<div class="vcard">        <a class="url fn n" href="http://www.theqcard.com/">         <span class="given-name">Jane</span>        <span class="additional-name"></span>        <span class="family-name">Smith</span>        </a>        <div class="org">Old School BBQ and Grill</div>        <div class="adr">            <div class="street-address">2907 E MLK Jr Blvd.</div>            <span class="locality">Austin</span>,            <span class="region">TX</span>,            <span class="postal-code">78702</span>            <span class="country-name">USA</span>        </div>        <div class="tel">512-974-6830</div>        <div class="note distance">        </div> </div>

To apply structure to a list of addresses, put the addresses in an unordered list using the ol and li elements. Then wrap the list with a div with an id attribute set to locations2 (the accepted default value is locations):

<div id="locations2">    <ol>             <li><!-- Microformats address 1 --></li>             <li><!-- Microformats address 2 --></li>             <li><!-- Microformats address 3 --></li>             <li><!-- Microformats address 4 --></li>        ...    </ol></div>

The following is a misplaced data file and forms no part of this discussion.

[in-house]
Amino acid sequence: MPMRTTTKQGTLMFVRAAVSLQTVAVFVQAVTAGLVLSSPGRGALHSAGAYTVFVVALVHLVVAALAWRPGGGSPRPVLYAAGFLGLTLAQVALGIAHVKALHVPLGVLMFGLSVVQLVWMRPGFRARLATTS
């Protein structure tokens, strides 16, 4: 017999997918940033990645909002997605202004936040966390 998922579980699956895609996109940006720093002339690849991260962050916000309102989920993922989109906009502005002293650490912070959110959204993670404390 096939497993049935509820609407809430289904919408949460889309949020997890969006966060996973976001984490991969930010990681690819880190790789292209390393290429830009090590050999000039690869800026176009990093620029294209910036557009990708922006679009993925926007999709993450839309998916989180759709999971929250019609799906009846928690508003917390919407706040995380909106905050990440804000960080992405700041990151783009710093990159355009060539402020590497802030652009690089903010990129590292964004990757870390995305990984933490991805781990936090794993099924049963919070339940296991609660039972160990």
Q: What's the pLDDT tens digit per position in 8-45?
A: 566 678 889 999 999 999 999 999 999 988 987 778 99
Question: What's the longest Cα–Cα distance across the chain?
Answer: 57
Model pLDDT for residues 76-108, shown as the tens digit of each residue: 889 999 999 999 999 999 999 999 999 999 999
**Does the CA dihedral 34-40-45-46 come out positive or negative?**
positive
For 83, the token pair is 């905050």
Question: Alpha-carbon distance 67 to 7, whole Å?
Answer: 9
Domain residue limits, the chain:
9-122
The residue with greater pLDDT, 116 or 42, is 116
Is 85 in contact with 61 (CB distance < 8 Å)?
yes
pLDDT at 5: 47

To make it easier on yourself, you can use the hCard Generator to help create the markup for each of the locations
Feedback

While the HTML5 GeoLocation jQuery Plugin is processing the addresses and figuring out which is closest, there is going to be a delay. So, to give some feedback to the user place a div element with a class attribute of notification.

Feel free to style this notification text any way you like through CSS – or even put in an Ajax-style loading spinner graphic:

<div class="notification" style="display:none">please wait... sorting addresses based on your location</div>

Next, we want to apply an empty h2 element with an id attribute of geodata that holds the address location of the site visitor. Again, feel free to use CSS to style the text for the location to match your site’s style:

<h2 id="geodata"></h2>

The latest version of the jQuery Plugin can be found at GitHub. Download and associate the jQuery Plugin to your web page:

<script type="text/javascript" src="http://ajax.googleapis.com/ajax/libs/jquery/1.4.2/jquery.min.js"></script><script type="text/javascript" src="js/jquery-location.1.0.0.js"></script>Google Maps API